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Mr. Amess: To ask the Secretary of State for Education and Skills how much his Department has given to the RU Thinking About It? website in each month since its inception; and if he will make a statement. 
|Financial year||Expenditure (£)|
These figures break down to average monthly costs of £4,366 and £7,727 respectively and include reporting, hosting and maintenance, design and development and the creation/addition of new articles and features. Figures are exclusive of VAT.
Mr. Amess: To ask the Secretary of State for Education and Skills what discussions he has had with the organisers of the RU Thinking About It? website about (a) the type of material and (b) the accuracy of the information contained on the website; if she will request that the abortion section be amended to read that doctors can only offer an abortion if the criteria in the Abortion Act 1967 (as amended) are complied with; and if she will make a statement. 
(a) As Minister for Children and Young People, I have discussed the approach and role of the website within the campaign strategy. However, it is the role of departmental officials to liaise with the website providers over the detail of the content, which I would expect to be consistent with the key messages of the campaign.
The RU Thinking website provides information to support the key messages of the national campaign to reduce teenage pregnancy: encouraging young people to resist peer pressure and delay early sex; raising awareness of risks of unprotected sex; and highlighting the importance of seeking early advice, The breadth of information on the site reflects the full range of issues on which young people contact the service.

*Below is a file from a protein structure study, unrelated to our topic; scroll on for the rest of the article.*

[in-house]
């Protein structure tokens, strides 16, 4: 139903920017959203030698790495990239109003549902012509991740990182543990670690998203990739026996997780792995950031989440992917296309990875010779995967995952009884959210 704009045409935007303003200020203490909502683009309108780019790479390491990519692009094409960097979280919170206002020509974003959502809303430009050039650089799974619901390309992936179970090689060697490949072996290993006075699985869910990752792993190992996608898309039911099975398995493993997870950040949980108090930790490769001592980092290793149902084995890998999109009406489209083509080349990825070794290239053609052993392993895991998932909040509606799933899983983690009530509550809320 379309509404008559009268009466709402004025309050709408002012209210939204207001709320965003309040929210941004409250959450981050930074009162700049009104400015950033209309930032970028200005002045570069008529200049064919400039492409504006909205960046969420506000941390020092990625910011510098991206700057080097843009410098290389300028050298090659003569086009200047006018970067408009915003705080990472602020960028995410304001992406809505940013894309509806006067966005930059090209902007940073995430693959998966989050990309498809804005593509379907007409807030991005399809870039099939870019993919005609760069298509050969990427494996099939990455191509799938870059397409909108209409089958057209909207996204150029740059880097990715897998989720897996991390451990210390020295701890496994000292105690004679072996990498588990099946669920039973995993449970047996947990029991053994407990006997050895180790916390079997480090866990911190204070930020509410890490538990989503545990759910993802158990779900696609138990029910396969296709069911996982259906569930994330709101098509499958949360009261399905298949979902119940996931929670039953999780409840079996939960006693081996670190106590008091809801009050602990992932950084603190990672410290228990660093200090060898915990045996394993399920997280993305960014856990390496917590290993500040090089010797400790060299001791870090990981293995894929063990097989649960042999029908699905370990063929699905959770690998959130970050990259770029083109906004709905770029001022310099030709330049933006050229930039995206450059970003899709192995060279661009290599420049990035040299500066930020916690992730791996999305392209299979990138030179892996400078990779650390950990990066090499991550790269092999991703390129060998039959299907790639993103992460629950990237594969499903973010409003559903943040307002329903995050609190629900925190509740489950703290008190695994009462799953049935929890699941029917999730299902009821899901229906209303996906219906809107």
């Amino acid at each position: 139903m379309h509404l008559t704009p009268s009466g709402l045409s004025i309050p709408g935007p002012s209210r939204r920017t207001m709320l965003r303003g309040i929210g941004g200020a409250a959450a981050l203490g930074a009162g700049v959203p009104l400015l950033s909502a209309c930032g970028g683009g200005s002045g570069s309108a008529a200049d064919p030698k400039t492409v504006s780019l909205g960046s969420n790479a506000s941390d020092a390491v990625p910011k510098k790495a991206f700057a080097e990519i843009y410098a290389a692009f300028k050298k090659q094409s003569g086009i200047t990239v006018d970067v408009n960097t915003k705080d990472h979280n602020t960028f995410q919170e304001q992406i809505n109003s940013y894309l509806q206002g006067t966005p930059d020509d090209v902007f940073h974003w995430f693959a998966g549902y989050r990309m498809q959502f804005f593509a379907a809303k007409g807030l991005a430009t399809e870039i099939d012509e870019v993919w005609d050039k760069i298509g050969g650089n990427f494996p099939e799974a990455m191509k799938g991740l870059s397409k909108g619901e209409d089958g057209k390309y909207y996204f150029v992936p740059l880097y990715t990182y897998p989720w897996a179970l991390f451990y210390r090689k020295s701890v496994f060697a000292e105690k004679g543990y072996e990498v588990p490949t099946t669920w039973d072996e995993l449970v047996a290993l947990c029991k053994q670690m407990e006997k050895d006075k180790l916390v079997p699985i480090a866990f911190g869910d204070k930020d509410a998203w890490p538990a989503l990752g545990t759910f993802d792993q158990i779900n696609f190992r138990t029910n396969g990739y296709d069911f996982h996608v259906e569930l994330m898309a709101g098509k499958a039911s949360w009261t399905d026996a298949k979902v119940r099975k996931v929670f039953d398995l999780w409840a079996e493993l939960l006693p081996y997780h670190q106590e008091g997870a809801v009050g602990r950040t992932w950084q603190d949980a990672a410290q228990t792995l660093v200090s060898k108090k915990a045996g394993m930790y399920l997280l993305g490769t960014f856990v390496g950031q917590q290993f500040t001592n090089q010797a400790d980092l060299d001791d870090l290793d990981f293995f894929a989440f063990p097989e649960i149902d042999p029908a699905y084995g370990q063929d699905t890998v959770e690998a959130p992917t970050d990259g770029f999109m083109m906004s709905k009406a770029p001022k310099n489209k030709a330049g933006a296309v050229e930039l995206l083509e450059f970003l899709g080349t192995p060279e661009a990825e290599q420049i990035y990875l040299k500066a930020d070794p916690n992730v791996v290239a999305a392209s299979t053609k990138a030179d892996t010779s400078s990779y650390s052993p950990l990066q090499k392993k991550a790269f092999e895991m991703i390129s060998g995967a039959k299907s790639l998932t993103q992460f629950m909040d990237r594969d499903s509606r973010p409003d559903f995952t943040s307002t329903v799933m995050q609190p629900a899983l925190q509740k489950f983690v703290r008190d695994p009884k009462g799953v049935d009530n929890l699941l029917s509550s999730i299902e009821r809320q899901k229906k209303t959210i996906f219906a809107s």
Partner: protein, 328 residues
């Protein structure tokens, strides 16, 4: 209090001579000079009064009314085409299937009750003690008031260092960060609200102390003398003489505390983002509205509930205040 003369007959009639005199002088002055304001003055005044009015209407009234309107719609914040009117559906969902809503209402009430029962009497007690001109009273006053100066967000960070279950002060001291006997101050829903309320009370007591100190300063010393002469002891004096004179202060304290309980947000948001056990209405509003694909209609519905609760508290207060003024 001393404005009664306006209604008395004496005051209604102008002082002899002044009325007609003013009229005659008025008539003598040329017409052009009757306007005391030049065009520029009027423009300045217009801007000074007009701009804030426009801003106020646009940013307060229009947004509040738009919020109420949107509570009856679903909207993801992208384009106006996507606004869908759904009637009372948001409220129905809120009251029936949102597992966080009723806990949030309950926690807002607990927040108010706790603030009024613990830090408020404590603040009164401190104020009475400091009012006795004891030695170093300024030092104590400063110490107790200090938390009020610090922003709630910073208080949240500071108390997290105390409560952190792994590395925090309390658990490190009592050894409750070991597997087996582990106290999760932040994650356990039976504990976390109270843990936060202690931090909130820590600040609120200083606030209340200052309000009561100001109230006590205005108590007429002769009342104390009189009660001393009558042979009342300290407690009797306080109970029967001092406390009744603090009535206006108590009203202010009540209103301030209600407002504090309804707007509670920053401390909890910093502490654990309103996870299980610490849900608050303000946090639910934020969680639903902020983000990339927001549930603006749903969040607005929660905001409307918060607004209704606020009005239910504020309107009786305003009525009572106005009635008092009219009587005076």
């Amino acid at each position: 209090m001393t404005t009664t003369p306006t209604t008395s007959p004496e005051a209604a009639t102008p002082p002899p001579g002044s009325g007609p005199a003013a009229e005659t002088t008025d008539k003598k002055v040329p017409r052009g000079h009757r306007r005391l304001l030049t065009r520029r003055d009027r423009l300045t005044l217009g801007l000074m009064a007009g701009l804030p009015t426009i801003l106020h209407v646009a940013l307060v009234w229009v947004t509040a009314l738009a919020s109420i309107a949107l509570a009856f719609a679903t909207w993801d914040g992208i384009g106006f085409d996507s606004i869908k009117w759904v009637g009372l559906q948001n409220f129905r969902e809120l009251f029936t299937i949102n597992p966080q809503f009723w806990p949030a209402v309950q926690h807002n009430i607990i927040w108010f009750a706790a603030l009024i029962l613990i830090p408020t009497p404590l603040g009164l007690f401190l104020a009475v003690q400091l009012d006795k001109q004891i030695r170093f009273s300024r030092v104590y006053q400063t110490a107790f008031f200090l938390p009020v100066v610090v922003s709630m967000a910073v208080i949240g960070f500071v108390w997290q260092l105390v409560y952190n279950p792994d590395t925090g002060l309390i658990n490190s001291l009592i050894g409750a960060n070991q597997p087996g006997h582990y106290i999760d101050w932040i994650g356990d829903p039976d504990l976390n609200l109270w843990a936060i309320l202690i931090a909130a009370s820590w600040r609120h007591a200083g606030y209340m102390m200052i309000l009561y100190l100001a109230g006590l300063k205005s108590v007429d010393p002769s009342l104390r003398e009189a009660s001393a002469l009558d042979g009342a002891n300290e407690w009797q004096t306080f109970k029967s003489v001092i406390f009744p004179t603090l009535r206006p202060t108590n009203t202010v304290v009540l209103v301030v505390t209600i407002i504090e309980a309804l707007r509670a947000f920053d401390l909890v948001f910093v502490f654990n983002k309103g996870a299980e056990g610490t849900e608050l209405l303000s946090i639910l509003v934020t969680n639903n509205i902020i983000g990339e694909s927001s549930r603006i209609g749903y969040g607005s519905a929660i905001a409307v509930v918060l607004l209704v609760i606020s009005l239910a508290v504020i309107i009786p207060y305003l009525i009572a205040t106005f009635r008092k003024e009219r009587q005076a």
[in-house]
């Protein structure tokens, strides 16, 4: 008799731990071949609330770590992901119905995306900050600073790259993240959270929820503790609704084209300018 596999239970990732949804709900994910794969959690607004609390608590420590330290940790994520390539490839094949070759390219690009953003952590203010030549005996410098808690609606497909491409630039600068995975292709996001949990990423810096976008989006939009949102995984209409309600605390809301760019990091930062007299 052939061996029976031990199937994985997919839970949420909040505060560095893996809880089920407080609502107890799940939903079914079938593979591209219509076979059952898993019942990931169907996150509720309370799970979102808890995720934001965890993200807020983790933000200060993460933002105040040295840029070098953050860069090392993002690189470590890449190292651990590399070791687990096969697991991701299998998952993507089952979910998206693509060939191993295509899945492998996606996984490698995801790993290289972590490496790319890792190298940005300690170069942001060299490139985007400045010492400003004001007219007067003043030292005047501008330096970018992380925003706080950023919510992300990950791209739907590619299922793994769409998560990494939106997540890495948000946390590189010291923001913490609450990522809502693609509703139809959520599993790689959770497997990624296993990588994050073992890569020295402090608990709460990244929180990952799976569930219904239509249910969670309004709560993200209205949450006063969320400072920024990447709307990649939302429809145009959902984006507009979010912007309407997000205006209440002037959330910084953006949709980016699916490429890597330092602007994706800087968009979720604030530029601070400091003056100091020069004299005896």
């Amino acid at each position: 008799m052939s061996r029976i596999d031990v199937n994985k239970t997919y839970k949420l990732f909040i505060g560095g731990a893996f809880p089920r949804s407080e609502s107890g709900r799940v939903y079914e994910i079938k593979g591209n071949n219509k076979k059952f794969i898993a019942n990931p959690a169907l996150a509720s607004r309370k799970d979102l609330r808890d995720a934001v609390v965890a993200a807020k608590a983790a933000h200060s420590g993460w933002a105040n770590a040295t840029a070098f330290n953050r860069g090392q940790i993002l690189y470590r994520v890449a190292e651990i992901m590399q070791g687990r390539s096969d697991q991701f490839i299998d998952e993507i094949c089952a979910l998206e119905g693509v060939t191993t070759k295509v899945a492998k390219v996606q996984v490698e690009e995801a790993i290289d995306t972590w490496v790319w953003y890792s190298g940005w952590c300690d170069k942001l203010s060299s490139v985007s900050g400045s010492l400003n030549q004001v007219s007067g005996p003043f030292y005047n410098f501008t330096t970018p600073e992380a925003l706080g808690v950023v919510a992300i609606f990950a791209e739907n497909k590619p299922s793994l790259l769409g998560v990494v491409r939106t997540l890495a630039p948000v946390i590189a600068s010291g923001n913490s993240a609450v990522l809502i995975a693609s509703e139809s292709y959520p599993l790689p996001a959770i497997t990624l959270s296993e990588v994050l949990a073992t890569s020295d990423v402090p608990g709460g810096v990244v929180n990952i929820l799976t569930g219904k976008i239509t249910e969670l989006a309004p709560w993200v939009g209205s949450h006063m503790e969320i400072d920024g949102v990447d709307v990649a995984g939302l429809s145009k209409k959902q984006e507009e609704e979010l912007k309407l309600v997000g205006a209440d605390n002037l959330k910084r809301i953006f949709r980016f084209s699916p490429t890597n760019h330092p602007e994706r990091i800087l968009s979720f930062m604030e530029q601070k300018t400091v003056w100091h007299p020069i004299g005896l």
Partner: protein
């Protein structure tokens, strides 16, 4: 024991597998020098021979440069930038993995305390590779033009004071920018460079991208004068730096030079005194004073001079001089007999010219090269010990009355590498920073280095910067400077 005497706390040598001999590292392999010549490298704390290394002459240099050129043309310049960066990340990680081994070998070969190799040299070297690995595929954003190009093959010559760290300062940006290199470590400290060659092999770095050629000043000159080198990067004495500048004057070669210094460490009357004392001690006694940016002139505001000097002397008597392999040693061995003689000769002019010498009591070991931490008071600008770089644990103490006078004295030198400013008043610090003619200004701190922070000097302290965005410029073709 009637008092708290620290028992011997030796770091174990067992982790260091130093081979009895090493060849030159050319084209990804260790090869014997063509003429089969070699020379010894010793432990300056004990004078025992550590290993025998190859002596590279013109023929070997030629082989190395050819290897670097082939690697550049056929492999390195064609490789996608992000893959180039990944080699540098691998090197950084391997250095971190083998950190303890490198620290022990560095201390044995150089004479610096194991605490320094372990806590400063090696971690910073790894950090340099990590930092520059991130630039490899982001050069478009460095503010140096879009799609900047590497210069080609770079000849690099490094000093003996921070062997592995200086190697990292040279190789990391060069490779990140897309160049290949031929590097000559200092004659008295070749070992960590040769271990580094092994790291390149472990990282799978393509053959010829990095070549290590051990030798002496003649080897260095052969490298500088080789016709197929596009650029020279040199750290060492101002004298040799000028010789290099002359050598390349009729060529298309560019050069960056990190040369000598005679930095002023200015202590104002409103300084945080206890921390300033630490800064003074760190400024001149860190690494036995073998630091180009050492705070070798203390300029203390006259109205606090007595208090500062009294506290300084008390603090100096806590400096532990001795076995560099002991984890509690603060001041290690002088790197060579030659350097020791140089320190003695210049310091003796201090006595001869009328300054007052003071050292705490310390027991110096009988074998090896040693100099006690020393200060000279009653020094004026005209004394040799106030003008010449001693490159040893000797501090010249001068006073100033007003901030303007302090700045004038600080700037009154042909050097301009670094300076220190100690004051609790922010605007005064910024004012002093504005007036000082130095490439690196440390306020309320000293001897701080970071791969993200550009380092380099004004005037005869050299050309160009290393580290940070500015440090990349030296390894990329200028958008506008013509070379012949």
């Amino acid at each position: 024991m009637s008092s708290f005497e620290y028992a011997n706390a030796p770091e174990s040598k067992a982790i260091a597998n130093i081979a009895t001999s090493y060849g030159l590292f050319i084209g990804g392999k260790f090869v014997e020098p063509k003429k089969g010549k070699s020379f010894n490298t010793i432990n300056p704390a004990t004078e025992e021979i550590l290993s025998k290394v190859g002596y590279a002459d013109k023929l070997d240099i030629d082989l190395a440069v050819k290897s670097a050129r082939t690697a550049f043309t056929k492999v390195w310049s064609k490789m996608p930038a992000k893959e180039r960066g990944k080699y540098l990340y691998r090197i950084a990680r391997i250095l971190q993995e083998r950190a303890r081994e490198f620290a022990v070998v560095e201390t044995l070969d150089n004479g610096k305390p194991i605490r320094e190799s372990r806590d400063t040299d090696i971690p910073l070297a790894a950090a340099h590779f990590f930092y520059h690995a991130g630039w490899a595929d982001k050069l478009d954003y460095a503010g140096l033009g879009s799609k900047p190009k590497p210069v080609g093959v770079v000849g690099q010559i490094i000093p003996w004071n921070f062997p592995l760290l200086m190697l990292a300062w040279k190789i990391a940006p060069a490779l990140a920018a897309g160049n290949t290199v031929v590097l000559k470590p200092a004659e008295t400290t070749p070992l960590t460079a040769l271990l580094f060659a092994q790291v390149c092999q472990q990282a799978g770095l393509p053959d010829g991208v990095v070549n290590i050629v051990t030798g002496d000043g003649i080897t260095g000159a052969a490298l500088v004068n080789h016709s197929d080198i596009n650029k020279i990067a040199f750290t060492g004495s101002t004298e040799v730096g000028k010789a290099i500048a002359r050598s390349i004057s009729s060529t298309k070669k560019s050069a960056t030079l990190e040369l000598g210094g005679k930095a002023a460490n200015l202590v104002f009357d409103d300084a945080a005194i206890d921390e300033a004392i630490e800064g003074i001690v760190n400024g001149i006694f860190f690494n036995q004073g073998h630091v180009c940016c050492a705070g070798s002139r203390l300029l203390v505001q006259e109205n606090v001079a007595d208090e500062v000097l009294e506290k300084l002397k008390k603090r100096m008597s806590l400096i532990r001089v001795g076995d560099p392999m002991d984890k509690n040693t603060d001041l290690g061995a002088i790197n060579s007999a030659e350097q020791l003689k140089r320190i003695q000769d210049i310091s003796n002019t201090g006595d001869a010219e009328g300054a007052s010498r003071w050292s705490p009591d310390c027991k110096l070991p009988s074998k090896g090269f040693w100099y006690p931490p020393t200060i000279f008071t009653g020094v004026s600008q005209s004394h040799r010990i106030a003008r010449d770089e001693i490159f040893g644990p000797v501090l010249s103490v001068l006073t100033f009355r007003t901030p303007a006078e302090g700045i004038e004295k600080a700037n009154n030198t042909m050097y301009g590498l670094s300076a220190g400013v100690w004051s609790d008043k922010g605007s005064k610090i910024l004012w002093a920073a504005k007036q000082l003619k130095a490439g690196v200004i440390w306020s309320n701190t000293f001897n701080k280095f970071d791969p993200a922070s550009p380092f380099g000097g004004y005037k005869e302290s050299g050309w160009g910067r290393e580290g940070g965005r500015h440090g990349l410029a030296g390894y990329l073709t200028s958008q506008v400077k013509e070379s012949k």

(b) I am confident that the governance of the site adheres to high standards on clinical and legal accuracy and that it is endorsed by officials from both the Department of Health and DfES. All medical information is checked for accuracy with sexual health professionals.
The website makes clear that an abortion can only be performed with the agreement of two doctors. We believe that it is more appropriate to explain the further eligibility criteria for an abortion under the Abortion Act 1967 (as amended), in the medical consultation.
Annette Brooke: To ask the Secretary of State for Education and Skills what percentage of the overall budget for schools was spent on (a) departmental administration and contractors and consultants and (b) local authority administration in each year since 1997. 
Jim Knight [holding answer 2 May 2006]: The Department does not collect the information in the way it has been requested at (a). However, the following table gives a breakdown of the available data for (b) local authority administration. Similar data are not available before 1999-2000.
|( 1) Central administration (£)||( 2) Total education spending (£)||Percentage|
|(1) Net current expenditure on central administration covers the overall management of a local authority's responsibility in relation to education. Central administration figures are drawn from local authorities' Section 52 Outturn Statement s and include expenditure on insurance and joint use arrangements. Central Administration expenditure is shown as a percentage of total education spending.|
(2) 1999-2000 saw a change in data source when the data collection moved from the RO1 form collected by the ODPM to the Section 52 form from the DfES, directly comparable figures are not available from this source. The closest comparison available would give percentages of 3.2 per cent. for both 1997-98 and 1998-99. 2002-03 saw a further break in the time series following the introduction of Consistent Financial Reporting (CFR) and the associated restructuring of the Outturn tables. The change in sources is shown by the blank row. Up to 2001-02 figures were taken from the net current expenditure before recharges row, management and support statutory / regulatory duties column. For 2002-03 onwards the net current expenditure column for the central administration line has been provided.